"All I want is to be able to live a normal life"

Ömer Bengi was deported from Romania to Turkey. He was arrested after arriving at Istanbul Airport and released after being questioned.

Ömer Bengi was deported from Romania to Turkey. The 28-year-old was one in the group of forty asylum seekers who were forcibly put on a plane to Istanbul in Bucharest last week. He was arrested after arriving at Istanbul Airport and released after been questioned.

Ömer's life story is exemplary of that of many Kurds his age. As a minor, he fell victim to the infamous Turkish anti-terrorist legislation. He was born in the dark times of the 1990s in Bismil in the northern Kurdish province of Amed. His family had to leave their home country due to state repression and moved to Istanbul. He was jailed for the first time when he was 17.

At the time he was working on a construction site to help support his family. “In 2008 there was a raid on the construction site. I was arrested and taken to the Vatan Police Department and then to the minors' department. I was beaten, psychologically pressured, and verbally abused. I was a child then; I didn't know my rights. I was arrested for membership of an illegal organisation. I was stripped naked and searched at Maltepe Youth Prison. I was treated as a terrorist and isolated for the first seven days. After 13 months, I was transferred to Kandira F-Type Prison because I had turned 18. It was a very difficult time. In total, I was in prison for a year and a half. Then there was the new regulation for 'children throwing stones' was passed, which is why I was released in 2010. Then I went back to the construction site. However, the proceedings against me continued for a total of twelve years. I was sentenced to two years and nine months. Enforcement has been suspended. I tried to find my way through somehow, but it was very difficult. At some point I thought that I simply had no future here. And I decided to go to Europe."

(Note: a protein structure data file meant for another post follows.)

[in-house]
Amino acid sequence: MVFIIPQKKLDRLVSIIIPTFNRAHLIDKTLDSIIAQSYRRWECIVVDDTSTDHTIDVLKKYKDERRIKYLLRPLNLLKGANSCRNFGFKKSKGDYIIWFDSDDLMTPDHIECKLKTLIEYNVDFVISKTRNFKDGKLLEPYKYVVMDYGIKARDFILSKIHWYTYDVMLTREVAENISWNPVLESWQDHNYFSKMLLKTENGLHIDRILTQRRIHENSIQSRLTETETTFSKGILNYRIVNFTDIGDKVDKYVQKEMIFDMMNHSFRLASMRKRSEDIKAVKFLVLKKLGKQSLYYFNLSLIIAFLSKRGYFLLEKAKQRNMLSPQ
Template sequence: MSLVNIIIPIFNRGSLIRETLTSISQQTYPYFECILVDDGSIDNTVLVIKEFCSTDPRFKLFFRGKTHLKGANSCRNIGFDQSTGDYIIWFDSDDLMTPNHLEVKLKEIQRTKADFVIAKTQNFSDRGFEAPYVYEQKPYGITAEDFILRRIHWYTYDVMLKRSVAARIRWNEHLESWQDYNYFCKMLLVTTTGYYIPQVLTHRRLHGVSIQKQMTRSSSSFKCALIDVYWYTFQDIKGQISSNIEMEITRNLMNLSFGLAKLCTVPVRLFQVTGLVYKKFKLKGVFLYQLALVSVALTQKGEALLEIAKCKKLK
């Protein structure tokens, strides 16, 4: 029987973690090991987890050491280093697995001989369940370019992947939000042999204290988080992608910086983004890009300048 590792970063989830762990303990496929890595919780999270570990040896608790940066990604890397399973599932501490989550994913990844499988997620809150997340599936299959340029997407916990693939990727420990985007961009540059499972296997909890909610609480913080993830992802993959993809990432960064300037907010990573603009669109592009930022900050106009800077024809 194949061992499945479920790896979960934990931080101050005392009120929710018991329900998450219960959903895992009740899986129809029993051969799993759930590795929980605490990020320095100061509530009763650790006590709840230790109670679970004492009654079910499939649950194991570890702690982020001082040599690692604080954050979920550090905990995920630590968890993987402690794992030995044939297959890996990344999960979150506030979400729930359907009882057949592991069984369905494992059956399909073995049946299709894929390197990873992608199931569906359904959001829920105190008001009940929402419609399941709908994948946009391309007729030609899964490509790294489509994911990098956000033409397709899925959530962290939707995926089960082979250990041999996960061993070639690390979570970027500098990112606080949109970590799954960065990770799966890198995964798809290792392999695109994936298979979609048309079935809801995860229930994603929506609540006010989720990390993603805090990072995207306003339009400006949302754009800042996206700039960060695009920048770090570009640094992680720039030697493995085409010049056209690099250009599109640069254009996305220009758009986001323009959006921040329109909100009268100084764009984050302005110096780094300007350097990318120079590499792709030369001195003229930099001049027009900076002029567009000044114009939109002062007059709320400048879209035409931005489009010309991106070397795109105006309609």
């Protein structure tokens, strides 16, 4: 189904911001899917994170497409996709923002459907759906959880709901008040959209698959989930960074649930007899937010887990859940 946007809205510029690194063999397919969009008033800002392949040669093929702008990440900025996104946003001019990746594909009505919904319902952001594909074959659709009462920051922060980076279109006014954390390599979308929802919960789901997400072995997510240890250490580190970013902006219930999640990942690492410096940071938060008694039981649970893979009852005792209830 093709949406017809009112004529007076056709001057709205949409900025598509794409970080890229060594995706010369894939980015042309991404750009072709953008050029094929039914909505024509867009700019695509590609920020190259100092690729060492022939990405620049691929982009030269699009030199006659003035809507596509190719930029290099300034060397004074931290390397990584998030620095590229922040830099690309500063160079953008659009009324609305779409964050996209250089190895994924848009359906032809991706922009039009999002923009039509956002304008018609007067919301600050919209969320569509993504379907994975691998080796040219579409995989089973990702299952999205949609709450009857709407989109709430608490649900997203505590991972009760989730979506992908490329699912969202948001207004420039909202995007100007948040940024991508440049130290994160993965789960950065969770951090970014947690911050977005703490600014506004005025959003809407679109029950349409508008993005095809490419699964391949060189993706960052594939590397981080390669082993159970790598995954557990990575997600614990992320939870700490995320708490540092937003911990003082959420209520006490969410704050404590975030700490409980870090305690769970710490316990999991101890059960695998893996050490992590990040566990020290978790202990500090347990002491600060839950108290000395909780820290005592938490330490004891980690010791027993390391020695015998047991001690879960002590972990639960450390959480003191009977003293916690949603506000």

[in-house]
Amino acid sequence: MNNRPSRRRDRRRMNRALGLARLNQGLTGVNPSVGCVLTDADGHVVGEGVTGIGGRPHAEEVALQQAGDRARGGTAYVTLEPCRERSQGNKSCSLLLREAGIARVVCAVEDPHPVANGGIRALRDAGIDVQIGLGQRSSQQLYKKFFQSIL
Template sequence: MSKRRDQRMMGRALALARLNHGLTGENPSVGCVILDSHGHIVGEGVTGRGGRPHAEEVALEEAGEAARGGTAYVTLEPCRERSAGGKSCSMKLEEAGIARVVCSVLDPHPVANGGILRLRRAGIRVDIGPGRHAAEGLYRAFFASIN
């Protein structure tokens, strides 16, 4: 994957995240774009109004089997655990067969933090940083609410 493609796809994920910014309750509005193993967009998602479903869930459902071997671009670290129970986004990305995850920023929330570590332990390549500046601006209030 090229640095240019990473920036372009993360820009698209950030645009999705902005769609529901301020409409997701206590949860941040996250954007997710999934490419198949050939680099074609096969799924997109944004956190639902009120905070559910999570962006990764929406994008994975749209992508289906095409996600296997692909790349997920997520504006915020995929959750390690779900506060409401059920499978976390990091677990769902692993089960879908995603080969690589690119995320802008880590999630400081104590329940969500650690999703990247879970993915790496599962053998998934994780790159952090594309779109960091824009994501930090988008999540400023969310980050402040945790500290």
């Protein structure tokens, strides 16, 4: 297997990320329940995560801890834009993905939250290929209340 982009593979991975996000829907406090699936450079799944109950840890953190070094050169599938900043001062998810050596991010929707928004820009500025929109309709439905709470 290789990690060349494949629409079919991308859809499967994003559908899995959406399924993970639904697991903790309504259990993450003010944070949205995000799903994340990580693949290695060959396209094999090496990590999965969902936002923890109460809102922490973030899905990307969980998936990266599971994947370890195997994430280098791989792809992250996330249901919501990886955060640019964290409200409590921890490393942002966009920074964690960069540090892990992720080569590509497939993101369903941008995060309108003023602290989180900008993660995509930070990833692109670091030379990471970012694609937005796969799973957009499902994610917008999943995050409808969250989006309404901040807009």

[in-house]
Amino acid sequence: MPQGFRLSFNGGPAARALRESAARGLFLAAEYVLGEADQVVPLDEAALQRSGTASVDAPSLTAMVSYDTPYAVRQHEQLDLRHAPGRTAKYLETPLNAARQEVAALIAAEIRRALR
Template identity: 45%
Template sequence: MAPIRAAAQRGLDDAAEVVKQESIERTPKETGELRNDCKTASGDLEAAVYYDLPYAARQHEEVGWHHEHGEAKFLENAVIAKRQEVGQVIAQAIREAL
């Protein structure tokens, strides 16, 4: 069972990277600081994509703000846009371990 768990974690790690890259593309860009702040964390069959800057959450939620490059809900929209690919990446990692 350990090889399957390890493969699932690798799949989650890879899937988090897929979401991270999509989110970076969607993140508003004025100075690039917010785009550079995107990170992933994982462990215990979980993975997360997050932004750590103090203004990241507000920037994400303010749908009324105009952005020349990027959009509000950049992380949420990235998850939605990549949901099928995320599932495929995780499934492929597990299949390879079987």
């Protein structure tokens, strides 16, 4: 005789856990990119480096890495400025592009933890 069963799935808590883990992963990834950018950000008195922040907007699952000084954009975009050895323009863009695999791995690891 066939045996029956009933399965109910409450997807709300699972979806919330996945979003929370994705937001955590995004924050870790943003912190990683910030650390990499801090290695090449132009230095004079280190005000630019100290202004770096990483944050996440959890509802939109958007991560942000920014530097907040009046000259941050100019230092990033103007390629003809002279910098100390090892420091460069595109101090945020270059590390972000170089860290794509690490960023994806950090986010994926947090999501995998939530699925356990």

A month ago Ömer Bengi traveled legally to Serbia and after a week he wanted to continue to Romania. To avoid being caught by the border police, he had to walk through the forest for two days and nights. In Romania, the group stayed at the Elizeu guesthouse. There Ömer and the others waited for news from people who had agreed to take them to Germany via truck. Then there was a raid on the guesthouse.

“I was taken to a deportation center with about sixty other people. We had to wait in the yard. Our phones were confiscated and our request for legal assistance was denied. We were 130 people and it was cold. We had to stay on the concrete for three days, of course without blankets, we didn't even get food or drink. We drank water from the tap on the toilet. Sometimes we were taken to a small container where we tried to warm up. However, there were too many of us and we didn't fit all in there. There were even some who lost consciousness in the cold,” said Ömer.

Ömer and the others were interrogated with the help of a Turkish- and Kurdish-speaking interpreter. “He acted more like a cop and didn't help us at all. We were forced to sign some papers. The policemen who interrogated us did not mention the request for asylum at all. They just wanted to know who the smugglers were that were supposed to bring us to Germany. They didn't find my statement credible, so I was beaten and had to stand in the courtyard for hours with my hands behind my back. After that we were taken to prison. At the entrance we were strip searched. Five of us were put in cells. There was no air in the cell, we could barely breathe. There wasn't even enough space to walk up and down. We were still waiting to be taken to a camp as asylum seekers, but instead we were taken to the airport. I was one of those who was deported. We tried to fight back, but we were put on the plane."

Ömer Bengi said that young people don't see a future in Turkey. There is oppression, there is no work, people don't know how to make a living. "All I want - he said - is to be able to live a normal life."